As for Pinker, the case is more complex because he addresses nothing less than the totality of human cognitive abilities, not a single aspect of human behavior. I do think Pinker is likely to be correct that at least some human cognitive abilities are the result of natural selection, but it is easy to make the case that they cannot all be. For instance, one can advance a plausible argument (but, importantly, no more than an argument, i.e., lacking any empirical evidence) that some mathematical ability may have been advantageous to early humans. Perhaps it was necessary to keep track of the group members' hunting scores to insure a fair division of the catch (see how easy it is to come up with a just-so story?), or whatever. But even Pinker, I hope, wouldn’t dream of suggesting that natural selection is responsible for our brain’s ability to solve differential equations -- which is what brought us to the moon and allows much modern technology to work. If I am correct in this, then at the very least the explanatory scope of evolutionary psychology is much more limited than its supporters have been trumpeting for a while.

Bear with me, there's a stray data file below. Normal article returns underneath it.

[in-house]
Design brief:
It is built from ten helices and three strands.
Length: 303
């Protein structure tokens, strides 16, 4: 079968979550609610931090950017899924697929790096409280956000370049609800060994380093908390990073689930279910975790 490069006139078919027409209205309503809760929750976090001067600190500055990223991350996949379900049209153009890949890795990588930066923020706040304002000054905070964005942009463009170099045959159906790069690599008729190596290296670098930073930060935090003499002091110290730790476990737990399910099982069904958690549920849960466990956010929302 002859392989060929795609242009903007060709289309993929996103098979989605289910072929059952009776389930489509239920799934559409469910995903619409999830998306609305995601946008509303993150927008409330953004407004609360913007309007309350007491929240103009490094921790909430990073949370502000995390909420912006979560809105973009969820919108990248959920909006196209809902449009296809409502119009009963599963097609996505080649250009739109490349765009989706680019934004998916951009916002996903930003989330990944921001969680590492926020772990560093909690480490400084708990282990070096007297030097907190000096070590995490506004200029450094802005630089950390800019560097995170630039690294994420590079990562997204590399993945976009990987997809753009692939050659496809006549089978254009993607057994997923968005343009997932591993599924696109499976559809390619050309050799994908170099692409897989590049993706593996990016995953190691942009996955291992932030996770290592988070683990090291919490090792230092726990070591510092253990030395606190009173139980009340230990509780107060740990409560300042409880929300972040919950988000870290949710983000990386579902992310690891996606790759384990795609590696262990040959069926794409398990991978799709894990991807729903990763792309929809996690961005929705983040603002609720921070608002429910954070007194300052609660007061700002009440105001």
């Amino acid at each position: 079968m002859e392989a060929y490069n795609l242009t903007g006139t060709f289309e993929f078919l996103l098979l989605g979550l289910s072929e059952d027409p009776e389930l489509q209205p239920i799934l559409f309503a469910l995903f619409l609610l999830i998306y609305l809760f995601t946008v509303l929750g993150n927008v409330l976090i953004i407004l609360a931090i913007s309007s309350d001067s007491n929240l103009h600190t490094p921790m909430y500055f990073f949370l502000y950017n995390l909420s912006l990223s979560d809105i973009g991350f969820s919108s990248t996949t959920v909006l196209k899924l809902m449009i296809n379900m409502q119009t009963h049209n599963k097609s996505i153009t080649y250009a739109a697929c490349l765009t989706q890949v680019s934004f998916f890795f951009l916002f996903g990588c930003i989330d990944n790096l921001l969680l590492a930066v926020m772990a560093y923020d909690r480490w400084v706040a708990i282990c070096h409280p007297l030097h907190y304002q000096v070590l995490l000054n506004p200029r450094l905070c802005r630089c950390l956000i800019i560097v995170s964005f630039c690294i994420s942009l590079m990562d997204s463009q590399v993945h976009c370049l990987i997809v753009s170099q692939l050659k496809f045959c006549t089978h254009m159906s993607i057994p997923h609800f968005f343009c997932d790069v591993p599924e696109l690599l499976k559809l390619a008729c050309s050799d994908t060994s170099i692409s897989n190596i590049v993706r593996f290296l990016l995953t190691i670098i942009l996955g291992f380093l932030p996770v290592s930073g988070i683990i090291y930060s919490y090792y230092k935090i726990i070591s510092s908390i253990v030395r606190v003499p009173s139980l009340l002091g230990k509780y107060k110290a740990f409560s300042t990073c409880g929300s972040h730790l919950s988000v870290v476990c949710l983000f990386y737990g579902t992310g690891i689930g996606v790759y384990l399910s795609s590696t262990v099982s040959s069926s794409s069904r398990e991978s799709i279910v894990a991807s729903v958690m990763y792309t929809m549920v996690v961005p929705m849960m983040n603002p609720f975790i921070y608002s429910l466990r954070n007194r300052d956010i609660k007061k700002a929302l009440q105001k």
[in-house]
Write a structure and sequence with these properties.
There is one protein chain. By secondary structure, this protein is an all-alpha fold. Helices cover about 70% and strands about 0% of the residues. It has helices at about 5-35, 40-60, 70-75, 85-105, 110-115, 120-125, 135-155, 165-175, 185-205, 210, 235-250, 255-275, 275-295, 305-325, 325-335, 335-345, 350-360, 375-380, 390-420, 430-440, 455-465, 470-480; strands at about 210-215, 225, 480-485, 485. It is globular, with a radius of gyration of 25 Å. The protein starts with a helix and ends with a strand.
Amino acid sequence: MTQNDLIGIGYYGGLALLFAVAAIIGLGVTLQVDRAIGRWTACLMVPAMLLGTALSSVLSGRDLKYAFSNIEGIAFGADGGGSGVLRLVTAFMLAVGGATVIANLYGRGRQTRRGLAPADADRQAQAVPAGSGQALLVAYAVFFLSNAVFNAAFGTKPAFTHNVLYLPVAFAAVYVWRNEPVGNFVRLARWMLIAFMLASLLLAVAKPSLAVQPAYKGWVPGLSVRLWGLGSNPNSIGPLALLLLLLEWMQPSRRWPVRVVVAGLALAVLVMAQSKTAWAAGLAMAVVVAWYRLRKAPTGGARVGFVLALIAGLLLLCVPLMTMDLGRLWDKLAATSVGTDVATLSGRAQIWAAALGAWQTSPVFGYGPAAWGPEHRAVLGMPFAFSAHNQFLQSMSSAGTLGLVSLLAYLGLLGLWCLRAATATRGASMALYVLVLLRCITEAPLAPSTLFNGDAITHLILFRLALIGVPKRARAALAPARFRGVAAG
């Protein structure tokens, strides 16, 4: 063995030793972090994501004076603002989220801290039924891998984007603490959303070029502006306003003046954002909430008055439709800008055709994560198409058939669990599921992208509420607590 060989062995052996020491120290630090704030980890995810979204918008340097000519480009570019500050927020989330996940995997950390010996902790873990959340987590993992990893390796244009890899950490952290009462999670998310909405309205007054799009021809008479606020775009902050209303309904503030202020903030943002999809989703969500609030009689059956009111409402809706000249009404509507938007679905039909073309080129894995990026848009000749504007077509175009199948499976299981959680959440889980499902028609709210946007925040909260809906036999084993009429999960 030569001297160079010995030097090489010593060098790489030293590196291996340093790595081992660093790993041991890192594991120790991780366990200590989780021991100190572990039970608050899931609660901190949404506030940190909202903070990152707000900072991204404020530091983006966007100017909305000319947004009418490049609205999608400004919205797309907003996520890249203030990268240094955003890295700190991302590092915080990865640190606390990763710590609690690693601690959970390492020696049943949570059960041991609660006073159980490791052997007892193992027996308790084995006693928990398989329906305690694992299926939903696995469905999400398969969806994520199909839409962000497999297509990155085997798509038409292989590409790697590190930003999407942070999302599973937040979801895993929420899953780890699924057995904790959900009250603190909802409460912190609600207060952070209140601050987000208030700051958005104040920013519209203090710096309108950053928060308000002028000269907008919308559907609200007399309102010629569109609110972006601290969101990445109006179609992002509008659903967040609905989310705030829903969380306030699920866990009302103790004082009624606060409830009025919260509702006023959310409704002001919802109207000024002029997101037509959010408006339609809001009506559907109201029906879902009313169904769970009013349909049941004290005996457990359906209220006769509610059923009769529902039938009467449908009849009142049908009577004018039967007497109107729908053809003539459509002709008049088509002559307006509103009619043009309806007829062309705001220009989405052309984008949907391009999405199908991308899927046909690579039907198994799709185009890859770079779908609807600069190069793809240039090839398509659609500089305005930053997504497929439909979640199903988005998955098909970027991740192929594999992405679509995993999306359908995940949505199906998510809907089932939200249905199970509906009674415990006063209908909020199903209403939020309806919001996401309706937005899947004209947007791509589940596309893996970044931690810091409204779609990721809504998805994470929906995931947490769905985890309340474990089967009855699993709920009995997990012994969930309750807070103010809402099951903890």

Allegedly, even Freud once said that sometimes a cigar is just a cigar. Evolutionary psychologists hardly ever admit to the possibility of other explanations for human behaviors, and when they do, they are still clearly confident that they got the big picture right, despite the almost ridiculous paucity of evidence in their favor. OK, enough of this, I need to go back to my chess game; I haven’t managed to castrate my father yet...